If youve been reading this series of articles, you know some of the side effects that interferon injections may have on the body and mind. In this article, well continue our series of solutions to the side effects that interferon injections may cause.
Since interferon is administered via the use of regular injections, some may experience problems in the area of the body where the interferon is being injected. Red, itchy areas may appear around where you get the injections, and although they fade over the course of a week or so, there are a few methods of lessening the annoyance that they cause.
Placing a cold towel or ice pack on the area can cause the itch and the blotchiness to go away to some degree. To deal with the itching, hydrocortisone cream may be of merit. If the blotchy areas continue to appear, you may want to consider changing where you are getting the injections administered to see if the problem exists in the new area.
Shortness of breath is another problem that one may experience when they are undergoing interferon injections. Its usually caused by a low number of red blood cells throughout the body, and it can be a very scary experience. When it occurs, be sure to note exactly what circumstances were around the situation. If the problem seems serious, you may want to speak to a doctor to ensure that it isnt an issue with a heart problem or the lungs.
Interferon also may cause the thyroid to either go into a period of over-production or under-production. The thyroid controls many of the bodys basic functions, including the desire for food, your body weight, how much energy you have, and your ability to concentrate. This can cause you to feel very weird, and you may feel without energy, depressed, or unable to maintain an appetite.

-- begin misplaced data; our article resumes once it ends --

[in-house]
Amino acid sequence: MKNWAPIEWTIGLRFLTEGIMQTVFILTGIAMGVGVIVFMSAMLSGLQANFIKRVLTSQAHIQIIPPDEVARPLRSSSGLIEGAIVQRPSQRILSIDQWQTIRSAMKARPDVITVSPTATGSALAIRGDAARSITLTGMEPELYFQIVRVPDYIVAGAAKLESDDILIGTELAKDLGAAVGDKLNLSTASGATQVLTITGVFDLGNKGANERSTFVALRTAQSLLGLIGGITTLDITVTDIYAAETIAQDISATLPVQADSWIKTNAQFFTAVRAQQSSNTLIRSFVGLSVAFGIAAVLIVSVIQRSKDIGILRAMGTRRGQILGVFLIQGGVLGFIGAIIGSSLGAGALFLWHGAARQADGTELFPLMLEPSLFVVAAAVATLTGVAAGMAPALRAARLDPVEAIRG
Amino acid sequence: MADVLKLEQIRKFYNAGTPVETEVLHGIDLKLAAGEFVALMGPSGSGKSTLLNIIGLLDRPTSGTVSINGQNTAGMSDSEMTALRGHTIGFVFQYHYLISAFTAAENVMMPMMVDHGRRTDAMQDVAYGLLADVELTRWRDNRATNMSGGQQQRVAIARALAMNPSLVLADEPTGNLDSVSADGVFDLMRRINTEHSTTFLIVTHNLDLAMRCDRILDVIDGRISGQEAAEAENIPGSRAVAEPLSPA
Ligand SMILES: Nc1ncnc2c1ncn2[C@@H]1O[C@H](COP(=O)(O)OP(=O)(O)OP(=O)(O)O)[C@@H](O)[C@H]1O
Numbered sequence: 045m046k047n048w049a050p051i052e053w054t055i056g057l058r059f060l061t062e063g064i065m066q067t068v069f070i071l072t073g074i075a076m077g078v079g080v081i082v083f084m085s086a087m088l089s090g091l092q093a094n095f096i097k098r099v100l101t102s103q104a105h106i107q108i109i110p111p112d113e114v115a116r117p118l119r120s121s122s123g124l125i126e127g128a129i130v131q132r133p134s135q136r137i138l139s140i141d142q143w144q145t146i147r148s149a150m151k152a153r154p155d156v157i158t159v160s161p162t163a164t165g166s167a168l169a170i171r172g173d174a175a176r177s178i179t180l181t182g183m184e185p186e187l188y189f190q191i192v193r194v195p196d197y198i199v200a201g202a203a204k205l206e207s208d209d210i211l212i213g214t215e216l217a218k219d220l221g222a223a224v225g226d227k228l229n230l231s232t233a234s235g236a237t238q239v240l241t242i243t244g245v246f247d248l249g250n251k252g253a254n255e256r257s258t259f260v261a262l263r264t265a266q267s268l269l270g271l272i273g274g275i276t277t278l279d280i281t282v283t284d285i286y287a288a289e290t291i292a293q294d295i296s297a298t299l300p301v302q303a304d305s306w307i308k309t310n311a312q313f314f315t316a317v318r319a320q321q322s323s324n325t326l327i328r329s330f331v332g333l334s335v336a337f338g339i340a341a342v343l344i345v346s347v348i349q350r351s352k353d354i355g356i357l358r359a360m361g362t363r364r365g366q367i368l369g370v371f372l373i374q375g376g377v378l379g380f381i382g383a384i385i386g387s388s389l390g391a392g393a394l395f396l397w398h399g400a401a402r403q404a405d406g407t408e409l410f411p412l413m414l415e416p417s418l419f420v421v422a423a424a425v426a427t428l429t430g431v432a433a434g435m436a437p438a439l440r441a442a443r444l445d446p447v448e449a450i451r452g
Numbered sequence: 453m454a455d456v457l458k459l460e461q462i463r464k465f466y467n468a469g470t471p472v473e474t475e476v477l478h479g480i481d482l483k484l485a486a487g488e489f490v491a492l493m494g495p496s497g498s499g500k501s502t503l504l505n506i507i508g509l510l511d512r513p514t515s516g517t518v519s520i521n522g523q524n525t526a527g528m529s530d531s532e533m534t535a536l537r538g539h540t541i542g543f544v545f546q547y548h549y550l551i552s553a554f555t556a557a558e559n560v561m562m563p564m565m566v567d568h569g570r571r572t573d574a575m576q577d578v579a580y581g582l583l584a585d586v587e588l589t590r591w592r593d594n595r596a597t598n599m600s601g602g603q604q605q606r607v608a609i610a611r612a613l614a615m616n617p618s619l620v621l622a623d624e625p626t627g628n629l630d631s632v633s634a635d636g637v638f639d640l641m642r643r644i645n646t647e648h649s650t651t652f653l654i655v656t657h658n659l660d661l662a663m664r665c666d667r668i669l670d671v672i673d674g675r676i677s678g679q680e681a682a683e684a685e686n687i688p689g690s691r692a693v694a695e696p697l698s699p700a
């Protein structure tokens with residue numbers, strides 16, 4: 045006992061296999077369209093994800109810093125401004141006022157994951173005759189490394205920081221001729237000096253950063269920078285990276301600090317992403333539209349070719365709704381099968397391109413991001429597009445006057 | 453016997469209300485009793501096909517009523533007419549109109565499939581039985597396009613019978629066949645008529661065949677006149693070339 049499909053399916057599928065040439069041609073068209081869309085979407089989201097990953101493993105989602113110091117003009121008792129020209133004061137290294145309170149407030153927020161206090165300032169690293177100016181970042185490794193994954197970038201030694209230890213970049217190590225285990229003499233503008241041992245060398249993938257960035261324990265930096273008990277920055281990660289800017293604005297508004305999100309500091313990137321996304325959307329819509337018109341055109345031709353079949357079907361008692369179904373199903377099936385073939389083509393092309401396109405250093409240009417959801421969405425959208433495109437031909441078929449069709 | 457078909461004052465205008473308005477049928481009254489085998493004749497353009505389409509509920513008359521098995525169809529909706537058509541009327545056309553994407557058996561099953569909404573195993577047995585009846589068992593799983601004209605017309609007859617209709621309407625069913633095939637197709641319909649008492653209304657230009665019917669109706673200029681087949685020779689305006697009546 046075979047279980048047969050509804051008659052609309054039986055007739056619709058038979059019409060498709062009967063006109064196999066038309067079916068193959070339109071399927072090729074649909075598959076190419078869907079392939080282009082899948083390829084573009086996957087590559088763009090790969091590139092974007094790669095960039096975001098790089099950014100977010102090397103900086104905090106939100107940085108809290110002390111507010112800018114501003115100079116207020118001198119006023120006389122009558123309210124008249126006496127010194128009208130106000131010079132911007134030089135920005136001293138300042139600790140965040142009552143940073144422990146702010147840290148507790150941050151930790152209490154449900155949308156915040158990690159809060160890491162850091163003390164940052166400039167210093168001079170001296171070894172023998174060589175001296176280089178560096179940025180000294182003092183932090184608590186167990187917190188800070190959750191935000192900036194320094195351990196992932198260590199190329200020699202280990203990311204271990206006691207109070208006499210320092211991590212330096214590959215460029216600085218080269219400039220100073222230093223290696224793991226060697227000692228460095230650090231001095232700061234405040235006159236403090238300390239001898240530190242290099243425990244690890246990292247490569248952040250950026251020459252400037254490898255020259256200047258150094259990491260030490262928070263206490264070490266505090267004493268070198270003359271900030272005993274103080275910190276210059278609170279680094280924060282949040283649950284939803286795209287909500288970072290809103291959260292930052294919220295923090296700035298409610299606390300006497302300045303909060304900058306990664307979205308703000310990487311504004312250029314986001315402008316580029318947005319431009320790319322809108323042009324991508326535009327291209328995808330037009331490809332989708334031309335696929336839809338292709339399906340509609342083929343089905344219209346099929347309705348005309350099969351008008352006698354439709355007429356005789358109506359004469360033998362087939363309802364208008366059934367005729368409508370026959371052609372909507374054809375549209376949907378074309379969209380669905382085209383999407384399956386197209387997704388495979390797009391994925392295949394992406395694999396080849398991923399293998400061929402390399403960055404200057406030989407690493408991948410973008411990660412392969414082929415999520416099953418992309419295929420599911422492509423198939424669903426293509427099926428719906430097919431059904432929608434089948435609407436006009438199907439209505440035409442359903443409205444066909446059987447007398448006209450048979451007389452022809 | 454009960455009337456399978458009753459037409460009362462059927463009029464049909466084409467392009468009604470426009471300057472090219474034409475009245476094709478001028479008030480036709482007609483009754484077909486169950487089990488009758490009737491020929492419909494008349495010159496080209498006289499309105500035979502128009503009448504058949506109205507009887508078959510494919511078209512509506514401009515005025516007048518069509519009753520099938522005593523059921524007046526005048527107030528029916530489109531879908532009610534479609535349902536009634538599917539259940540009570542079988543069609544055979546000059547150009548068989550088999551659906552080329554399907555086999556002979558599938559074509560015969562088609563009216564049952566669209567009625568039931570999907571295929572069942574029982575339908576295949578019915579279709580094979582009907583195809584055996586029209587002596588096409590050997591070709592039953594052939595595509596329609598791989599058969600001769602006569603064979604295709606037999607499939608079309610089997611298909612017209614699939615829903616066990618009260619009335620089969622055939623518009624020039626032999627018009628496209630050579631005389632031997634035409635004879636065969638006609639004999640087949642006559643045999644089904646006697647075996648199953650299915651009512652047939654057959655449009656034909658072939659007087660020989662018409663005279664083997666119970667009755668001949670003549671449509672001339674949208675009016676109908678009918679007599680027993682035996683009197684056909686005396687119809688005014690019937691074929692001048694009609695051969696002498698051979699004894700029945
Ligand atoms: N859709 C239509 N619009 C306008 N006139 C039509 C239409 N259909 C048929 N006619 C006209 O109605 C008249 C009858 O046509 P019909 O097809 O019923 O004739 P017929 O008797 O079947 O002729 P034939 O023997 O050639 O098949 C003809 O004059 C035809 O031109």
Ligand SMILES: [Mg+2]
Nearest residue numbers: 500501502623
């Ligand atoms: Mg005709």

Its important to remember that these effects are most often merely a side-effect of the therapy. If the changes that you are feeling are of concern to you, you may want to discuss them with your doctor. If the doctor thinks that a thyroid problem may be to blame, they can conduct blood tests in order to determine if that is the cause.
White blood cells are the infection-fighting entities of the body. Interferon injections may cause your body to be unable to produce white blood cells as readily as it should. For that reason, you may be more susceptible to infection when on interferon. Be sure that your doctor counts your white blood cells when you visit, and if your level of white blood cells is significantly low, a medication can be prescribed to increase your count. Low platelets may also be present due to interferon treatment, which help the body to perform blood clotting. That can result in nosebleeds and bruising occurring more often. Be sure to have your doctor monitor your platelet levels.
These are just a few of the problems that one may have when undergoing interferon therapy. To read about more side-effects and what to do when they occur, check out the other articles in this series.